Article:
Two weeks ago, we welcomed Ian Robertson of AA ROBINS architect to Construction Tech Tuesday to talk about the six PHlavors of mass timber. Some may find this hard to remember, as it occurred during the dark times during the year we dare not name. Others may find it difficult to totally recall since Ian didn’t walk us through the subject, so much as he sprinted, masterfully navigating his way through 134 slides in just under 30 minutes.
It was PHast. It was PHurious. It was like a lightning round where Ian was competing against himself.
It was great, and we captured it all in this video:
Here are a few key takeaways:
What Are the PHlavors of Mass Timber?
Although Ian used six different kinds of mass timber in the Blindheim Passivhaus, which is the subject of the presentation and also his first Passive House and mass timber project (what chutzpah!), he also noted that there are at least another three kinds of timber that he did not use, though availability may be limited.
The 6 types of mass timber used in Blindheim Passivhaus:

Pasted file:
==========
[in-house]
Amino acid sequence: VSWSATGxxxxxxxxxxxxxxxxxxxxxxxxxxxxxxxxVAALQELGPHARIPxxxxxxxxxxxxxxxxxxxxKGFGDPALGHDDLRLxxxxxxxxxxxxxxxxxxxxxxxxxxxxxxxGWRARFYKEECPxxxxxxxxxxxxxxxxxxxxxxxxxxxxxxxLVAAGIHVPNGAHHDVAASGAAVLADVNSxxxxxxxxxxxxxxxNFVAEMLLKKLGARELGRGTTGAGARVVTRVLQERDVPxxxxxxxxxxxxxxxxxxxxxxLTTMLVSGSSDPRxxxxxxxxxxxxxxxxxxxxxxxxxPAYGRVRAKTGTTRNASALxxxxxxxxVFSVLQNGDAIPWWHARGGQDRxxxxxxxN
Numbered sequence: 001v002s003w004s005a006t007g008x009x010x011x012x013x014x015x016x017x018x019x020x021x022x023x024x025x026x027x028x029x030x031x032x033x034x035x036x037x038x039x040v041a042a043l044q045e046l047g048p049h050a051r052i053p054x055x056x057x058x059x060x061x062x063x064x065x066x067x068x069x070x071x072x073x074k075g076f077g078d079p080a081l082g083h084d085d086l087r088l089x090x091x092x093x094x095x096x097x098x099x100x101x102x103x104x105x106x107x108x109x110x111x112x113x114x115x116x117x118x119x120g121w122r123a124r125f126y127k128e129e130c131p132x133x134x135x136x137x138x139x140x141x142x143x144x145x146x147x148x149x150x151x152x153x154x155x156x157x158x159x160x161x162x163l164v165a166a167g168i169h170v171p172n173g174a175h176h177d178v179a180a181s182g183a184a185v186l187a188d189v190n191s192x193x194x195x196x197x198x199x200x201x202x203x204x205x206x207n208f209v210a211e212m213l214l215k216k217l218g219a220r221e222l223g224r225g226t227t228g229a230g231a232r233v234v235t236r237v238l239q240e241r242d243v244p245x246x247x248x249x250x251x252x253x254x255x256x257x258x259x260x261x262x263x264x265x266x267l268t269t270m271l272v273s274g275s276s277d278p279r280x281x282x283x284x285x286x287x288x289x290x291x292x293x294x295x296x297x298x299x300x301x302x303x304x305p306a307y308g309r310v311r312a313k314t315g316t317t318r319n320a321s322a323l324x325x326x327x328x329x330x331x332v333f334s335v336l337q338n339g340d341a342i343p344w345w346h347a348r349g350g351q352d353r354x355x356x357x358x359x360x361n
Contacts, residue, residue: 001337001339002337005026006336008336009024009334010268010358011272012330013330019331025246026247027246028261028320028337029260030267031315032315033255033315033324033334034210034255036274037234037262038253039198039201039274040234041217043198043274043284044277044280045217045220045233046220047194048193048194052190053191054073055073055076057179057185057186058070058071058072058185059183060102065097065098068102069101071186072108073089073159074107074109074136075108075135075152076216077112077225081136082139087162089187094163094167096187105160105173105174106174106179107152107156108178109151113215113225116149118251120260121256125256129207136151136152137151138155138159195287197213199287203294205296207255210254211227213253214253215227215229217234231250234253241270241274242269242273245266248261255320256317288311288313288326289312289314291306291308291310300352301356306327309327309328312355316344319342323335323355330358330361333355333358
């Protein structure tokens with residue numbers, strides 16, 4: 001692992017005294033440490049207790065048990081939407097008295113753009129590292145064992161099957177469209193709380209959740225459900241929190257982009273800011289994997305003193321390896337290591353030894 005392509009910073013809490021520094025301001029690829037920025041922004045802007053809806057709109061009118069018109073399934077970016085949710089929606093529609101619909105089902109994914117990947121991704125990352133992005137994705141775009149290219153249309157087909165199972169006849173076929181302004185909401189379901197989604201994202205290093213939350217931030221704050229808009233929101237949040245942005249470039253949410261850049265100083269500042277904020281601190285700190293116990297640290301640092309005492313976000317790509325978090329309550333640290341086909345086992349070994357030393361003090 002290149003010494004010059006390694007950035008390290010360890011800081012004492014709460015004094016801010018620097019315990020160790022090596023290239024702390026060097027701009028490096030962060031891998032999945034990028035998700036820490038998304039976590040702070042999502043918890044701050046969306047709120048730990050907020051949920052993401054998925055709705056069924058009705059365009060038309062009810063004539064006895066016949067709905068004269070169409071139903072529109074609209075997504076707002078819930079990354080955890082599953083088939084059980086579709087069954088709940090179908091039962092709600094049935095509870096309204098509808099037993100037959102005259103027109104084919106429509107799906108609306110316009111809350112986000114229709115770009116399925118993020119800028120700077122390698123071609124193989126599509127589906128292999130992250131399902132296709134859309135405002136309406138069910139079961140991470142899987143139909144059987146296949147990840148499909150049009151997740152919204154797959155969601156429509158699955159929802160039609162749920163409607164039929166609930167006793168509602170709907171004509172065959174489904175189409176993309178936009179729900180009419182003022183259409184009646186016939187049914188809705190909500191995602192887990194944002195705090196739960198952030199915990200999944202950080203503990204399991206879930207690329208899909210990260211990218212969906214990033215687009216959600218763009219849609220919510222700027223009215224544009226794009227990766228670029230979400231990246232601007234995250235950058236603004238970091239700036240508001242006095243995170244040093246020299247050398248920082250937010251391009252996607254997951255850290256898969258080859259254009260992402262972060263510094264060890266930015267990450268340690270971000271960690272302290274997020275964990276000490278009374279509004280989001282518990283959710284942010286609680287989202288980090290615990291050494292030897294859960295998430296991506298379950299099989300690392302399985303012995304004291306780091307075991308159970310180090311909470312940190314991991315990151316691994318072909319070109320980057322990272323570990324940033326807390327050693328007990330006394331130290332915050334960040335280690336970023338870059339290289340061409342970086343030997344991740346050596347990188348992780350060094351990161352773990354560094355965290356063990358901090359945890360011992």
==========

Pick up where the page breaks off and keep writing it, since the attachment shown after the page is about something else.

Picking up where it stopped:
Three types of mass timber not used in the project:
How Many PHlavors Should I Choose?
Different kinds of mass timber have different properties that make them more appropriate for use in given circumstances (see Ian’s presentation). A knowledge of their properties helps determine which one will be the best fit.
However, although some types of wood are more appropriate than others given their intrinsic qualities, Ian noted that there are downsides to getting too exacting about picking that perfect piece of wood. Sourcing a single beam for a project is not going to be cost effective. Moreover, obtaining additional kinds of mass timber may require coordinating with additional suppliers, which can adversely impact scheduling, especially if the project requires meticulous sequencing.
Mass Timber Buildings Are Not Bonfires Waiting to Happen
One of the final issues in the after-hour session that came up concerned fire safety. Mehrdad Jahangiri of Aspect Structural Engineers and cohost Kevin Brennan, a New York City firefighter, expressed their frustration over the common misconception, even among firefighters, that mass timber is a fire hazard. This is not accurate. There are codes that ensure the safety of mass timber buildings. Furthermore, mass timber is actually safer than steel or concrete construction in some applications (see below).
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